These six new confirmed cases bring the country's total number of confirmed cases of COVID-19 to 1,299, which is the number reported to the World Health Organization, it said.
Medical staff prepare to take a swab at a drive-through testing clinic in Melbourne on Aug 13, 2020. (PHOTO / AFP)
A fresh outbreak of infections in Australia’s coronavirus hot zone of Victoria appeared to have eased on Wednesday, as the country signed a deal to secure a potential COVID-19 vaccine that it intends to roll out free of cost to its citizens.
Australia has signed a deal with British drugmaker AstraZeneca to produce and distribute enough doses of a potential coronavirus vaccine for its population of 25 million, Prime Minister Scott Morrison said late on Tuesday.
All Australians will be offered doses but a medical panel will determine the priority list of vaccine recipients, Health Minister Greg Hunt said.
“Naturally you would be focusing on the most vulnerable, the elderly, health workers, people with disabilities in terms of the speed of roll out, but I think there would be widespread uptake in Australia,” Hunt told Sky News on Wednesday.
AstraZeneca last month said good data was coming in so far on its vaccine for COVID-19, already in large-scale human trials and widely seen as the front-runner in the race for a shot against the novel coronavirus.
The vaccine, called AZD1222, was developed by Britain’s University of Oxford and licensed to AstraZeneca.
A flare up in infections in Australia’s second most populous state of Victoria forced authorities two weeks ago to impose a nightly curfew, tighten restrictions on people’s movements and order large parts of the state’s economy to close.
The southeastern state has seen a slowdown in new cases in recent days, allaying fears of a nationwide second wave of infections.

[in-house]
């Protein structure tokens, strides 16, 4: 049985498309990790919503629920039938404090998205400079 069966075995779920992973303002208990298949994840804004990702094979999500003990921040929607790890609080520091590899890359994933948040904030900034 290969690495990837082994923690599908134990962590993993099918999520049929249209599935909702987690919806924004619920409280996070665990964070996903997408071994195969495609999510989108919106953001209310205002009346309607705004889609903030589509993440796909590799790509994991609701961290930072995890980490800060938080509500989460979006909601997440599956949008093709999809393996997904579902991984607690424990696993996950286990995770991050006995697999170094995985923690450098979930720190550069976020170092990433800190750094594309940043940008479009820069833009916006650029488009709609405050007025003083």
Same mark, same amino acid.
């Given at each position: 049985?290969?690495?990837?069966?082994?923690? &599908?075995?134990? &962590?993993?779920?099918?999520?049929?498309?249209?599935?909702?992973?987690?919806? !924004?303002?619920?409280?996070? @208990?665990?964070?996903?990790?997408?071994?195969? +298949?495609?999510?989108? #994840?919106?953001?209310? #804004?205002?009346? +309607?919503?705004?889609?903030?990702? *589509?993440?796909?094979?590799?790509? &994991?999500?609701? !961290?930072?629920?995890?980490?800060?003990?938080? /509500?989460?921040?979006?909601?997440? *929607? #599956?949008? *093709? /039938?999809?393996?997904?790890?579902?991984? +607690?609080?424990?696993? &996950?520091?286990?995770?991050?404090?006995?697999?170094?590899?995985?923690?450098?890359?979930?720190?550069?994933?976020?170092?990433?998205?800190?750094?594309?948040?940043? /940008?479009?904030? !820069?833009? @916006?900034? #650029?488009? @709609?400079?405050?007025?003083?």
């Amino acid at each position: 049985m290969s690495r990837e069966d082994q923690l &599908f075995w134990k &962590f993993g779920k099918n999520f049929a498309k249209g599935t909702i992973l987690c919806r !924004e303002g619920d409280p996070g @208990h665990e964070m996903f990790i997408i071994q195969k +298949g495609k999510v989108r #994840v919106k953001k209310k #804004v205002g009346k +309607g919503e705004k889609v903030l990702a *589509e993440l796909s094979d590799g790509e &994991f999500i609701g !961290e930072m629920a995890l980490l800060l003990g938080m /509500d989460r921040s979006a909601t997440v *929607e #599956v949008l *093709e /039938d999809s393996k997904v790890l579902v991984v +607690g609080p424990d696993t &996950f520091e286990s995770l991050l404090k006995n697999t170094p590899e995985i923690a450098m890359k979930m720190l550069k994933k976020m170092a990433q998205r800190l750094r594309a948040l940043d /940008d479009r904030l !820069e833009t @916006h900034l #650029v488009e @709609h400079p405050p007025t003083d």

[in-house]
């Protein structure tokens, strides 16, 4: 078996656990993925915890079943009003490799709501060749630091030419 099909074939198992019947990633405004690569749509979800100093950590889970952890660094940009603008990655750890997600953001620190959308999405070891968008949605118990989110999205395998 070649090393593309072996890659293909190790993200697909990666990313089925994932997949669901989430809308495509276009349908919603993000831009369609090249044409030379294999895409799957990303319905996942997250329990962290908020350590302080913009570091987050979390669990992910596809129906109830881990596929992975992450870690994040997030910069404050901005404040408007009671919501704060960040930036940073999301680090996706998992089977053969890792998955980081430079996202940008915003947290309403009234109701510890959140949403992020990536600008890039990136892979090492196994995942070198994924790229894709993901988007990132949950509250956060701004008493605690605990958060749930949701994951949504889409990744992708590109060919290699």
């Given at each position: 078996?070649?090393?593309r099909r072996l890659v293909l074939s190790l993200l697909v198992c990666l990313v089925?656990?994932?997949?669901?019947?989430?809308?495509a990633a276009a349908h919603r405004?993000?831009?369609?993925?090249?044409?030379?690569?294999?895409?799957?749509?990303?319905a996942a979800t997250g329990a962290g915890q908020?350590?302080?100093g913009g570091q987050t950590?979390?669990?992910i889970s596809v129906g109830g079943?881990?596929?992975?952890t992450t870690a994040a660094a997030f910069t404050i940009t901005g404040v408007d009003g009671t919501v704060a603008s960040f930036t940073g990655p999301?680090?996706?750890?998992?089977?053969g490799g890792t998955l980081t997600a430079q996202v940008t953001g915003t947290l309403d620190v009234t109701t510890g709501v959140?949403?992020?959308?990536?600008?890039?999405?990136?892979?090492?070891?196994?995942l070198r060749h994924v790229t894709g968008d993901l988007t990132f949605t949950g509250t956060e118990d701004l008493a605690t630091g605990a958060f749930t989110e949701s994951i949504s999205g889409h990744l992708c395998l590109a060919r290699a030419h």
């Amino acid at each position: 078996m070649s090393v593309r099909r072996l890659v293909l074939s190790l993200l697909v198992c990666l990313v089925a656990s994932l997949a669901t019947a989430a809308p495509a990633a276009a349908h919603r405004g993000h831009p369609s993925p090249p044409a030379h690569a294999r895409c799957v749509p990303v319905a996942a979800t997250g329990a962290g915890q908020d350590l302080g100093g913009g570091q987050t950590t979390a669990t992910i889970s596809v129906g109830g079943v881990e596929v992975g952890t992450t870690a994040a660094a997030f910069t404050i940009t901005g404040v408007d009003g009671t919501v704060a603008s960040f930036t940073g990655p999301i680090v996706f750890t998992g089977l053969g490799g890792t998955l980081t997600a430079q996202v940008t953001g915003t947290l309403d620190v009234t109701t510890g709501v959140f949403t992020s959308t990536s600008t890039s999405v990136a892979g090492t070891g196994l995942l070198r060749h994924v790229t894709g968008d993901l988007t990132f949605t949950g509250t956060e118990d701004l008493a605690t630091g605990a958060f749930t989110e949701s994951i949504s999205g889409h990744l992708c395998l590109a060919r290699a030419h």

Victoria reported 216 new daily cases in the last 24 hours compared with 222 a day earlier. It reported 12 deaths compared with 17 on Tuesday.
Despite seeing a surge of new infections in the past month, Australia has largely avoided the high casualties of other nations with just under 24,000 infections and 450 deaths from the virus.
Lebanon’s interior ministry ordered businesses across the country to shut down for two weeks and enforced an overnight curfew from Friday after a rise in coronavirus infections.
Tuesday’s decision allows for clearing rubble, making repairs and giving out aid in neighbourhoods demolished by the Aug. 4 blast in Beirut. The airport will remain open, with travelers having to take a PCR test before boarding.
Lebanon has registered record numbers of daily infections that have crossed 400, with its tally on Monday standing at 9,337 cases and 105 deaths since February.
Israel's Ministry of Health on Tuesday reported 1,658 new coronavirus cases, bringing the total infections in the country to 96,409.
The death toll climbed to 708 with the addition of 16 new deaths, the second-highest daily rise since the pandemic outbreak in Israel in late February.
The number of patients in serious condition increased from 399 to 404, out of 822 patients currently hospitalized.
The number of recoveries rose to 71,990, with 1,699 new recoveries, while the number of active cases dropped to 23,711.
The total number of COVID-19 cases in Yemen's government-controlled provinces increased to 1,889 on Tuesday, as seven new cases were officially reported.
The Yemeni Health Ministry said in a brief press statement that during the past 24 hours, the number of recoveries in the government-controlled areas increased to 1,052 since the outbreak of the novel coronavirus on April 10.
Also, the government announced that the death toll from the deadly respiratory disease climbed to 537 in different areas under its control, including the southern port city of Aden.
Palestine on Tuesday reported 612 new COVID-19 cases, bringing the total number of infections to 23,003.
Palestinian Health Ministry said in a statement that 604 cases were reported in the West Bank, while eight cases were reported in the Hamas-ruled Gaza Strip.
The ministry said that three deaths were reported in the West Bank city of Hebron, bringing the death toll to 124.